The U.S. Supreme Court would not address the FLSA’s de minimis rule again until a 2014 opinion entitled Sandifer v. U.S. Steel Corp. There, the Court held that, under FLSA § 3(o) – which makes certain washing and clothes-changing activities non-compensable when performed by unionized employees – the employees’ FLSA claims were strictly limited to time spent putting on safety glasses, earplugs, and a respirator. See 571 U.S. 220, 226-33 (2014). Then, in a somewhat confusing paragraph, the Court stated that the de minimis rule did not apply to lawsuits arising under FLSA Section 3(o):
We doubt that the de minimis doctrine can properly be applied to the present case. To be sure, Anderson included “putting on aprons and overalls” and “removing shirts” as activities to which “it is appropriate to apply a de minimis doctrine.” Id., at 692-693, 66 S. Ct. 1187, 90 L. Ed. 1515. It said that, however, in the context of determining what preliminary activities had to be counted as part of the gross workweek under §207(a) of the Fair Labor Standards Act. A de minimis doctrine does not fit comfortably within the statute at issue here, which, it can fairly be said, is all about trifles – the relatively insignificant periods of time in which employees wash up and put on various items of clothing needed for their jobs. Or to put it in the context of the present case, there is no more reason to disregard the minute or so necessary to put on glasses, earplugs, and respirators, than there is to regard the minute or so necessary to put on a snood. If the statute in question requires courts to select among trifles, de minimis non curat lex is not Latin for close enough for government work.
Id. at 234 (emphasis in original). In addition, the Sandifer Court recognized the restrictive nature of the DOL’s de minimis regulation:
We note, moreover, that even in that context, the current regulations of the Labor Department apply a stricter de minimis standard than Anderson expressed. They specify that “[a]n employer may not arbitrarily fail to count as hours worked any part, however small, of the employee’s fixed or regular working time or practically ascertainable period of time he is regularly required to spend on duties assigned to him.” 29 CFR § 785.47.
Id. at 234 n. 8.
Finally, the Third Circuit Court of Appeals addressed the FLSA’s de minimis rule in a 2007 opinion entitled De Asencio v. Tyson Foods, Inc., which involved poultry workers’ FLSA claims seeking compensation for time spent “donning, doffing and washing” at the beginning and end of the shift. See 500 F.3d 361, 363 (3d Cir. 2007). The De Asencio Court cited favorably to the restrictive language in the DOL’s de minimis regulation. See id. at 374 (quoting 29 C.F.R. § 785.47). The Court also listed three considerations that should be considered in applying any de minimis rule: “‘(1) the practical administrative difficulty of recording the additional time; (2) the aggregate amount of compensable time; and (3) the regularity of the additional work.’” Id. (quoting Lindow v. United States, 738 F.2d 1057, 1063 (9th Cir. 1984)). Finally, the Court cited favorably to the following language: “[W]e will consider the size of the aggregate claim. Courts have granted relief for claims that might have been minimal on a daily basis but, when aggregated, amounted to a substantial claim.” Id. at 374-75 (quoting Lindow, 738 F.2d at 1063).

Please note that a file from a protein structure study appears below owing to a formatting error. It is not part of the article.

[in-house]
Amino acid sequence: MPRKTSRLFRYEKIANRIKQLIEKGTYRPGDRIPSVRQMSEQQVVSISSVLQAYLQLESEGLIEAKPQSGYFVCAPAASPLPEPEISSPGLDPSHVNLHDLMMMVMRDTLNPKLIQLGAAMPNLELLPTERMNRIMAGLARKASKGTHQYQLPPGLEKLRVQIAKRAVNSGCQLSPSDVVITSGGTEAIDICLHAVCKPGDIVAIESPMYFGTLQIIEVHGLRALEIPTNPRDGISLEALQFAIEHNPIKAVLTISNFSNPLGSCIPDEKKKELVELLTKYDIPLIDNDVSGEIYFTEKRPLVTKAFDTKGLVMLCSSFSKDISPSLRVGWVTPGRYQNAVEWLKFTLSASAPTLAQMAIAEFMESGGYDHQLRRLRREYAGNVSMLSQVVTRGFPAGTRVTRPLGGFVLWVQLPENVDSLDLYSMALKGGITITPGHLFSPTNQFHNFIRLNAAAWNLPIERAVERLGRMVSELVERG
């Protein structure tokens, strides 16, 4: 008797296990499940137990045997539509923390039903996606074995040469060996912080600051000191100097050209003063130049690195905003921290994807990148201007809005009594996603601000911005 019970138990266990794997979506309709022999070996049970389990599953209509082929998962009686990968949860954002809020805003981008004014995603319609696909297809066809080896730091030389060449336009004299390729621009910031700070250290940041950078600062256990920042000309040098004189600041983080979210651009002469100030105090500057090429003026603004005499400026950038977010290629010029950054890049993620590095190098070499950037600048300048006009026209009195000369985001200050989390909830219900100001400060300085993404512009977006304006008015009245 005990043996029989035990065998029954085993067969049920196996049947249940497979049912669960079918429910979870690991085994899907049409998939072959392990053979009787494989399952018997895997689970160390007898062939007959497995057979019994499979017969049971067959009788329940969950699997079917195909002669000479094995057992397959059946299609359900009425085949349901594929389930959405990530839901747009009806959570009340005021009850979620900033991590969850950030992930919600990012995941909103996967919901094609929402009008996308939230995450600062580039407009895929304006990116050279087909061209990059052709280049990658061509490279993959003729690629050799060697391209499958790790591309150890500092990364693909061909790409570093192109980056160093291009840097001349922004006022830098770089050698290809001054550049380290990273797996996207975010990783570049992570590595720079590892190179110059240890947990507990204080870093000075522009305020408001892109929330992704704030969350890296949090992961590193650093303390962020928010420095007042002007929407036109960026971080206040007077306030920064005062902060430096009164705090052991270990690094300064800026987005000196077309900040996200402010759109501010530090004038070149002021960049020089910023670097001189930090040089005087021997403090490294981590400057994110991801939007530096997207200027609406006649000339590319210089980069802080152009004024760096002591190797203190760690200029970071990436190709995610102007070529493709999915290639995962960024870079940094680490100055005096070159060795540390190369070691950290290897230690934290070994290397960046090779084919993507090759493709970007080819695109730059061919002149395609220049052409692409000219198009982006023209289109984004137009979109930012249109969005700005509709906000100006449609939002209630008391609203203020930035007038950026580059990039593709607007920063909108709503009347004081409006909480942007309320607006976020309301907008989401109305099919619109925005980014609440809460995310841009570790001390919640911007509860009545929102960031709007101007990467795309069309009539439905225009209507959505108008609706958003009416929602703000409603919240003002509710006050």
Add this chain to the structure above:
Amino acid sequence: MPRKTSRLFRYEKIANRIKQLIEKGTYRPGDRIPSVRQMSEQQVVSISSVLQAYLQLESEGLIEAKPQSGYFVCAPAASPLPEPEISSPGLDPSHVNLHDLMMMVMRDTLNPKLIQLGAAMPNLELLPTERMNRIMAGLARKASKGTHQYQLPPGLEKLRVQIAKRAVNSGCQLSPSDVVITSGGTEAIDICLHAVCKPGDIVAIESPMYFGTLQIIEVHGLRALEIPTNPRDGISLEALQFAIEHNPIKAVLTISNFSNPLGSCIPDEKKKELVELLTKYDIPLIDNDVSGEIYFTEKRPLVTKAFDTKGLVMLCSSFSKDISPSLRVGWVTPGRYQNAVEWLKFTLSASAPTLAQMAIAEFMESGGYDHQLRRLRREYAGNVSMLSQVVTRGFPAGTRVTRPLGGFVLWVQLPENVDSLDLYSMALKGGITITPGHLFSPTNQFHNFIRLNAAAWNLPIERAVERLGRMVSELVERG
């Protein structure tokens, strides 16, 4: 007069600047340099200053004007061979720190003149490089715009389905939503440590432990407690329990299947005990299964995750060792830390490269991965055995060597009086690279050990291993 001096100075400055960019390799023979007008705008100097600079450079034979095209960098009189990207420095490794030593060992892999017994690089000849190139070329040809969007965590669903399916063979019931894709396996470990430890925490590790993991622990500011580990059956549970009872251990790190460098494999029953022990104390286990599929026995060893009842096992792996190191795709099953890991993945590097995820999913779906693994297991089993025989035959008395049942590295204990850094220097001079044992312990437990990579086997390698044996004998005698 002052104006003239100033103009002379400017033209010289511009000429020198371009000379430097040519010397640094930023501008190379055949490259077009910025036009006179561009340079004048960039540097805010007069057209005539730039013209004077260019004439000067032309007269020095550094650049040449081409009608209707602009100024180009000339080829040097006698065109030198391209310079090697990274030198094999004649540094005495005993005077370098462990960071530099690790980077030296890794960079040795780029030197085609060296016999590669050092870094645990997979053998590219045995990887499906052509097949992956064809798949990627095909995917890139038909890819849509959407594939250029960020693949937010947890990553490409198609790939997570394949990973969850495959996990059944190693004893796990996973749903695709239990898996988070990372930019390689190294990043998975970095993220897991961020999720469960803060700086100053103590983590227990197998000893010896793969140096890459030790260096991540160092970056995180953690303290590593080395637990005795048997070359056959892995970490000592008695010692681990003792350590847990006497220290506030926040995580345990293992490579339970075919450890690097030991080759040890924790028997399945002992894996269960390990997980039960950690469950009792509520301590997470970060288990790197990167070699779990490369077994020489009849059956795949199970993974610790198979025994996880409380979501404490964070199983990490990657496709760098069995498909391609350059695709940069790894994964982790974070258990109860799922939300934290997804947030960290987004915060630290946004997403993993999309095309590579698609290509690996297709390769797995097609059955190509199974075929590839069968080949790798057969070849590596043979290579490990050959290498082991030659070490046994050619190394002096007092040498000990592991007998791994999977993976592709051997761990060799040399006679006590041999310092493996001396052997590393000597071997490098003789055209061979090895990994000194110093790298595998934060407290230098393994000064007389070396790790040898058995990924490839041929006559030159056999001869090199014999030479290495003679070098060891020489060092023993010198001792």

2. Neither the PMWA nor its regulations establish a de minimis rule
As observed in the Caiarelli dissent, there is no “established ‘de minimis’ rule under the PMWA.” Caiarelli, 46 A.3d at 648; see also Appx. C at 9 (“It appears to us that no Pennsylvania case other than Caiarelli addresses the de minimis doctrine in the context of the PMWA.”).
3. The PMWA’s plain language precludes imposition of a de minimis rule.
As previously noted, in interpreting Pennsylvania statutes and regulations, the plain language “is paramount.” Schappel, 934 A.2d at 1187 (Pa. 2007); accord 1 P.S. § 1921(b). So we must look to the PMWA’s text, which requires employers to pay employees “for all hours worked.” 43 P.S. § 333.104(a) (emphasis supplied). Moreover, the PMWA’s overtime pay regulation requires that overtime-eligible employees receive time and one-half overtime pay for “all hours worked in excess of 40 hours in a workweek.” 34 Pa. Code § 231.41 (emphasis supplied).
The FLSA’s de minimis rule – which allows for some amounts of time to be excluded from hours worked – simply cannot be reconciled with the PMWA’s plain language requirement that employees be paid “for all hours worked.” The word “all” means, inter alia, “the whole amount” and “as much as possible” and “the greatest possible.” Webster’s Third New International Dictionary (1993 ed.) 54.